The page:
The supply and demand of wine-on-tap in the United States: An examination of perceptions and experiences

Michaela Andrea Nuebling, Purdue University


The purpose of the present study was to investigate the perceptions and early experiences associated with a recent trend in the United States' foodservice and wine industry: wine-on-tap. Three study populations were investigated: wine consumers, restaurant and winery professionals. Contrary to expectations driven by literature and the diffusion of other wine product innovations, American wine consumers showed interest in trying wine-on-tap, stating that the main reason for non-adoption was limited availability. Early adopters, across the three study populations, reported positive experiences and acknowledged several benefits of wine-on-tap such as improved freshness, better value, improved eco-friendliness, and premium wine quality. However, kegging wine and serving kegged wine appear to be more complex than it seems at first. Barriers, such as the cost of infrastructure for winery equipment, renovation of existing bar space, and dispensing equipment were operational challenges highlighted by industry professionals. Additionally, keg logistics and the perceived, yet controversial, need to overcome guests' resistance seem to slow down the diffusion. Several other managerial and research implications emerged from this study.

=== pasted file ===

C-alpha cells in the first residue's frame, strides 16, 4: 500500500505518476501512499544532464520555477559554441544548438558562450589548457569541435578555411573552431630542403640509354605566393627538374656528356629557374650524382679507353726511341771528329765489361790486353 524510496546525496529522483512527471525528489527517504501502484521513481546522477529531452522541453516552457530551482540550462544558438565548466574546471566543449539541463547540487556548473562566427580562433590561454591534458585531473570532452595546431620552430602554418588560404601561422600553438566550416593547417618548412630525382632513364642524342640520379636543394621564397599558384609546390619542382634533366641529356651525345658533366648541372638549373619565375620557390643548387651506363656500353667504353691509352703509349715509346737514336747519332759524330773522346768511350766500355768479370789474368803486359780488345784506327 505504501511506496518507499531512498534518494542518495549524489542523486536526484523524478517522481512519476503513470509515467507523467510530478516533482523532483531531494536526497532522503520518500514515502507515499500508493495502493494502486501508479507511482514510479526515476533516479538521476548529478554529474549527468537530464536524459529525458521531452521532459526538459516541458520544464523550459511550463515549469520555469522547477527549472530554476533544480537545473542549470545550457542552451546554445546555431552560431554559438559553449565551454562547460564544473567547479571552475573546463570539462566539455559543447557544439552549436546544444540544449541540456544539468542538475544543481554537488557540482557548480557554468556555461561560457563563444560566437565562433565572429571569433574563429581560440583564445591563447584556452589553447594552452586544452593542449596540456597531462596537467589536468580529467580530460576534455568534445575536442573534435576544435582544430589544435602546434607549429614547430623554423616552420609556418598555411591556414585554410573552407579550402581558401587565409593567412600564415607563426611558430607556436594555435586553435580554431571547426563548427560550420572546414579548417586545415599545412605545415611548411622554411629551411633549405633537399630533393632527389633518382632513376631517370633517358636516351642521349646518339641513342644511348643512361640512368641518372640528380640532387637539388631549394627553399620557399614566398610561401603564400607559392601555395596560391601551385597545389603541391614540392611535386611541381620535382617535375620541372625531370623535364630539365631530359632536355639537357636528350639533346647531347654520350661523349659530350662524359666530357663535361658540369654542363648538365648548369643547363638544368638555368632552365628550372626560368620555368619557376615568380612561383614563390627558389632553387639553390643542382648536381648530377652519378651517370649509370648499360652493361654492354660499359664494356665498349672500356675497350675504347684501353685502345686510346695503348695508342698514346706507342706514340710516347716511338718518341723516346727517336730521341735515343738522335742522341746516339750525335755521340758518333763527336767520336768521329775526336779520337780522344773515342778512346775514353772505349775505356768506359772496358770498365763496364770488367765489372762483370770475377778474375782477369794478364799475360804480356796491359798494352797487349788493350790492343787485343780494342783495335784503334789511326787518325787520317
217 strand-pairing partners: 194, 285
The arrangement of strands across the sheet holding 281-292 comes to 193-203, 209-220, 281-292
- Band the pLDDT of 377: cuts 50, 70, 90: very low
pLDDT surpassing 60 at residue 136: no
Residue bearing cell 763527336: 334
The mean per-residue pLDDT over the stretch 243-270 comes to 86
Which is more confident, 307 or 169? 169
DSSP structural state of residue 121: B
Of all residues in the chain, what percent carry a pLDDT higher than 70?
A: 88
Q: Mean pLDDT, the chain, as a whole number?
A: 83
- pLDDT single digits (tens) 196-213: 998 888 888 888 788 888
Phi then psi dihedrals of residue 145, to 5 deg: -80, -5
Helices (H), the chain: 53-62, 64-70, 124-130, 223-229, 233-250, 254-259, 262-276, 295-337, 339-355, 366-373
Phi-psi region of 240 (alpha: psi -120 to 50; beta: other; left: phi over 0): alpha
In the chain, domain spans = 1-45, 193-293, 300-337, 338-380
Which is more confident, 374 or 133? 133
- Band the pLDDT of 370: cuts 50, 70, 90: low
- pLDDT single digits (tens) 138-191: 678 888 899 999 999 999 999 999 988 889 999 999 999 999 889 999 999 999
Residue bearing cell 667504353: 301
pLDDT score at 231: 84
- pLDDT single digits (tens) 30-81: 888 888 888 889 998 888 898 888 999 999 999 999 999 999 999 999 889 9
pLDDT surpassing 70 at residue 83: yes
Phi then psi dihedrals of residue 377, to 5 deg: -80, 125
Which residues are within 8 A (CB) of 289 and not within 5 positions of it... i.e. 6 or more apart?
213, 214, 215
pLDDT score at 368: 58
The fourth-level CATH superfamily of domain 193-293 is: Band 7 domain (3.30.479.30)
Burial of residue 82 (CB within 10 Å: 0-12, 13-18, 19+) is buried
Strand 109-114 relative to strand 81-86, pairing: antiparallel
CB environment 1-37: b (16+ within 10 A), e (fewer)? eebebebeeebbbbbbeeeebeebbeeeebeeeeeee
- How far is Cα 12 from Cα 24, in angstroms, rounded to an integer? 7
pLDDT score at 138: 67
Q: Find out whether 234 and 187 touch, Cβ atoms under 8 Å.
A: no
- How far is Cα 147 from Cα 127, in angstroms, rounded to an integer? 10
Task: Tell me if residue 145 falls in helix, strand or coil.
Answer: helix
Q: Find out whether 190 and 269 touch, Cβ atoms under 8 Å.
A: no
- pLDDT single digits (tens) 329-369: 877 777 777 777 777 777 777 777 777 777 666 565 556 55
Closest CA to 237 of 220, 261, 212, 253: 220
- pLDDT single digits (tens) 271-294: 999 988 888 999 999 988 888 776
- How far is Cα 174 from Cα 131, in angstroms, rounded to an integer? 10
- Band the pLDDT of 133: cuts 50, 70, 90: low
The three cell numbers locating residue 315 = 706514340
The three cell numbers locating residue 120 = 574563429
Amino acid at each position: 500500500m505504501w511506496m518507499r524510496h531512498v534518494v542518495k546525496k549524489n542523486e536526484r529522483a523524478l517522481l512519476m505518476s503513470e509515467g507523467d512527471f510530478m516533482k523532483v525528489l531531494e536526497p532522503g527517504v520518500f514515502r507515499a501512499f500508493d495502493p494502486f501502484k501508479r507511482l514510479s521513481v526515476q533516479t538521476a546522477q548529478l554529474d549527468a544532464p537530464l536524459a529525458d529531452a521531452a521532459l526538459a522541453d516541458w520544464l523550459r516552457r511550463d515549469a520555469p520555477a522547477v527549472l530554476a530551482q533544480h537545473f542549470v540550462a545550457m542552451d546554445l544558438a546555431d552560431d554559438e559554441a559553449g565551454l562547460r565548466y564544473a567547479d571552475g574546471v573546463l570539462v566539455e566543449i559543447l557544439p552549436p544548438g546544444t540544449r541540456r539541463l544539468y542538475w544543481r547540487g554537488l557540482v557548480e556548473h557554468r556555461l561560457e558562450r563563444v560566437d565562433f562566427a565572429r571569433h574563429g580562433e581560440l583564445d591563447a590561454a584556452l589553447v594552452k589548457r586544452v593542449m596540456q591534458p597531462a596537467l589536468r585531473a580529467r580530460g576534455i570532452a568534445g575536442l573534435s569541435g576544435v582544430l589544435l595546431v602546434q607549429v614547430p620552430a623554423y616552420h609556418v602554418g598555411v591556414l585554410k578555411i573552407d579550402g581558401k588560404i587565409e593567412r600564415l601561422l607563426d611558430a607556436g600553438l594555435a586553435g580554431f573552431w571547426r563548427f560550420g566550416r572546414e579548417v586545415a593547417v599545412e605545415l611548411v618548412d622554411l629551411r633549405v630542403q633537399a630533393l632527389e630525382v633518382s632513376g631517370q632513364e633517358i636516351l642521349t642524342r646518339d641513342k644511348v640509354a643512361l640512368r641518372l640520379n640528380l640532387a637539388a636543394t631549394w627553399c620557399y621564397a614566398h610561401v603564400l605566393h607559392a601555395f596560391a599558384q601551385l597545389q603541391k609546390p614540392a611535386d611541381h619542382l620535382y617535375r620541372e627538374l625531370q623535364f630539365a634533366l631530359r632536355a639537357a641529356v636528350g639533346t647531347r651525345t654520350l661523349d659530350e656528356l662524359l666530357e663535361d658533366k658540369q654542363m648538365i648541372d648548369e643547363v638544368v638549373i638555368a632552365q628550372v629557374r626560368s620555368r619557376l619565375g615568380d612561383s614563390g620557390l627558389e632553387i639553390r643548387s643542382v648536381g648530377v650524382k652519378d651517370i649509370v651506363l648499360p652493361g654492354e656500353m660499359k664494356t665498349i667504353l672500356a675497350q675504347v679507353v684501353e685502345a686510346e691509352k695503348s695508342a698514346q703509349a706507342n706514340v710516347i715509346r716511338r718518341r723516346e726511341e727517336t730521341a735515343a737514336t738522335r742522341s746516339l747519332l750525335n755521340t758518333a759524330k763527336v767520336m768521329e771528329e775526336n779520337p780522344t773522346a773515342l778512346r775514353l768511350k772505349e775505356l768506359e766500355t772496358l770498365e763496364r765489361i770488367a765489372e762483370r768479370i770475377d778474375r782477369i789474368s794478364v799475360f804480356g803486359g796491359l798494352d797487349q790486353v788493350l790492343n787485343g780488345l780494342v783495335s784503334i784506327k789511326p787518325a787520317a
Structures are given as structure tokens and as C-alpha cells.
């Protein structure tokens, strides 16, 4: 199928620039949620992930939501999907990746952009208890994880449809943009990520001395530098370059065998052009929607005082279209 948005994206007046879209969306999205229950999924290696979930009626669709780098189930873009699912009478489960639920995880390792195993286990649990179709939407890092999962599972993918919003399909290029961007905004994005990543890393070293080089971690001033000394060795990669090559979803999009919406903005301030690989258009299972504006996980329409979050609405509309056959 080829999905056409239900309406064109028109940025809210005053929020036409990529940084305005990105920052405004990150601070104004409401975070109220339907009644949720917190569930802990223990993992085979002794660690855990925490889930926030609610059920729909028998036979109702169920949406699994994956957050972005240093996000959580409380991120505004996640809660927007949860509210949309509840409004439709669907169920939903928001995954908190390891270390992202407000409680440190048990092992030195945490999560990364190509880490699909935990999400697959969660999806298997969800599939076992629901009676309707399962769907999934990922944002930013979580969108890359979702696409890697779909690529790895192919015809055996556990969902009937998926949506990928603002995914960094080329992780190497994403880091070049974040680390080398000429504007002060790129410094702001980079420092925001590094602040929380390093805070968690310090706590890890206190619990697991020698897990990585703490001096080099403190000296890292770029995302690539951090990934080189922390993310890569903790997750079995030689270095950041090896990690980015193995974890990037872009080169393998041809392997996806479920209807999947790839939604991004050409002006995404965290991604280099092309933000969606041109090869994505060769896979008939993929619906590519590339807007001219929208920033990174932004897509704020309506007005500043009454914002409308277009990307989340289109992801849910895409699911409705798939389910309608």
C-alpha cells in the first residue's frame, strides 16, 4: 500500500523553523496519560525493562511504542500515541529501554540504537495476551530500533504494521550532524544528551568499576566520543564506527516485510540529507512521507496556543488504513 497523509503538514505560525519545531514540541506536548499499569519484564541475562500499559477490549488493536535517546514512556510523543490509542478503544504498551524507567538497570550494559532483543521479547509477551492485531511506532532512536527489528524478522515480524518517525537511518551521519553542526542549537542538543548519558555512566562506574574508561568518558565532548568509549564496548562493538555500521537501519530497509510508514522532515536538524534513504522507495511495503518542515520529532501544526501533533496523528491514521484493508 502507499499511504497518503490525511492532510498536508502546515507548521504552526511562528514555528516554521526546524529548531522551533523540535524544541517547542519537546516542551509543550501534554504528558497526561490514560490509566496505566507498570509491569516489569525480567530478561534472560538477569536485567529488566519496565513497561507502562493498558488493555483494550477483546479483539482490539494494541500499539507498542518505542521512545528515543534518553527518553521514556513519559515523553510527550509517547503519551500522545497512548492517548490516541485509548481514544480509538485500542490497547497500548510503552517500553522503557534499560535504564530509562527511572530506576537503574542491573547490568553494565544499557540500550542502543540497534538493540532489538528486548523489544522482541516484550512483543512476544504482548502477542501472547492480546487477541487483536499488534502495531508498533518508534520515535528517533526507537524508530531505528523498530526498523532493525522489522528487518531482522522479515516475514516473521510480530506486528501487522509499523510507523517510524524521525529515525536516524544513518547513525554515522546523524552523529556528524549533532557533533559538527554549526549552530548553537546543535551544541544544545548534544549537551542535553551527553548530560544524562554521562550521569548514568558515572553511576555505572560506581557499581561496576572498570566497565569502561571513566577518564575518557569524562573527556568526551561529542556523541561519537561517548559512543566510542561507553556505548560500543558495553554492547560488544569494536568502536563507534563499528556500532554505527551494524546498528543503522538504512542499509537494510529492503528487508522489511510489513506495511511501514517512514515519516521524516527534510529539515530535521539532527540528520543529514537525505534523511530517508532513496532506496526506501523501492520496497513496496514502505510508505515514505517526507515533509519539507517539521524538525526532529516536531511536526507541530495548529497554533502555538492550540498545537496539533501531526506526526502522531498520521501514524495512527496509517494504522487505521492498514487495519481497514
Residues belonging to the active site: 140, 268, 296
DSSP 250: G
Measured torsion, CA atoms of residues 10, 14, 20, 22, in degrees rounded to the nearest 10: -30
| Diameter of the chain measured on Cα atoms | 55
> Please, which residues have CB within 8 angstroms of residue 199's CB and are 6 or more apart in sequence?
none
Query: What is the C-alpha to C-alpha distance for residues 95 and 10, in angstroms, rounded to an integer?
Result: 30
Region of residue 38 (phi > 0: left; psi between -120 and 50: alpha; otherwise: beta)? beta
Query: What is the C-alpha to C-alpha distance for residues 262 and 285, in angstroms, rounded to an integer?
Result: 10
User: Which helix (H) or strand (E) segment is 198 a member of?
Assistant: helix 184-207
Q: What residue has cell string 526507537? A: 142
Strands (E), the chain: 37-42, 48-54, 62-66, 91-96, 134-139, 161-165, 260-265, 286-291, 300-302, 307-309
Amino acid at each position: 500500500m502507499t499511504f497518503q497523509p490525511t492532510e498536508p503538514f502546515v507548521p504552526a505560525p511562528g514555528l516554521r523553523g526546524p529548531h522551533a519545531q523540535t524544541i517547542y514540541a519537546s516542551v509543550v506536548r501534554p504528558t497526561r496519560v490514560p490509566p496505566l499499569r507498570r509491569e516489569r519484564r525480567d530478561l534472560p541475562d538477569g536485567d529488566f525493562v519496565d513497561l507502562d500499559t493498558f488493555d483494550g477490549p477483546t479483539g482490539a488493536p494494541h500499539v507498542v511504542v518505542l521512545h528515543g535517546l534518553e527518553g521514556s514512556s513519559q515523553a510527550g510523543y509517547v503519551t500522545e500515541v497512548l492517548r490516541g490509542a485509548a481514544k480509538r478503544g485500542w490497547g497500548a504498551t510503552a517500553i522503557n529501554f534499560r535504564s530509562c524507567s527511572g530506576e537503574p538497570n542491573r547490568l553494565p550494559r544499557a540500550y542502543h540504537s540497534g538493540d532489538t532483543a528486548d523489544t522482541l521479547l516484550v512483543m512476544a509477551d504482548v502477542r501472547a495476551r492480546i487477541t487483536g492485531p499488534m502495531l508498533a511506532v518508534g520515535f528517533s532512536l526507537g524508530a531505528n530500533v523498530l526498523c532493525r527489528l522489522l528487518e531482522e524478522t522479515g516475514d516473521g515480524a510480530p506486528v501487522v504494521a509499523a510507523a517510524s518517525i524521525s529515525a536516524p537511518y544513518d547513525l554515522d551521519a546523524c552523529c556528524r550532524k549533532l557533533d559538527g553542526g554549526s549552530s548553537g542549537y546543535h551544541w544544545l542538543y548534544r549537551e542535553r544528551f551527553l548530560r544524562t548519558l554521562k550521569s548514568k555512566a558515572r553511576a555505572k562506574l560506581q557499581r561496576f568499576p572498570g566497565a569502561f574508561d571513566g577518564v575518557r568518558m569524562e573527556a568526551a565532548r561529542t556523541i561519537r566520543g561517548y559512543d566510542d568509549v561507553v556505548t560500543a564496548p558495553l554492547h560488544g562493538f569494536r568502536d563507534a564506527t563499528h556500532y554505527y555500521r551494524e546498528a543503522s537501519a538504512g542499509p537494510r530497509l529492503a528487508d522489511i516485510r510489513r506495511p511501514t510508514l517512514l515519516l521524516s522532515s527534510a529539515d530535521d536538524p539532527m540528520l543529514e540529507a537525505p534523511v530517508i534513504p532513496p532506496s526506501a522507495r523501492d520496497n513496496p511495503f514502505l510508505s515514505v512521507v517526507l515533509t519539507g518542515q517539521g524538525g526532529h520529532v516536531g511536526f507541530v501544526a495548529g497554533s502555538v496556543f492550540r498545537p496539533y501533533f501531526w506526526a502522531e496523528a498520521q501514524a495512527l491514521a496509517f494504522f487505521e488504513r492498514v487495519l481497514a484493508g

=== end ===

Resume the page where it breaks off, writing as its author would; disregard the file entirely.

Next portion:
Behnke, Purdue University.

Subject Area


Off-Campus Purdue Users:
To access this dissertation, please log in to our
proxy server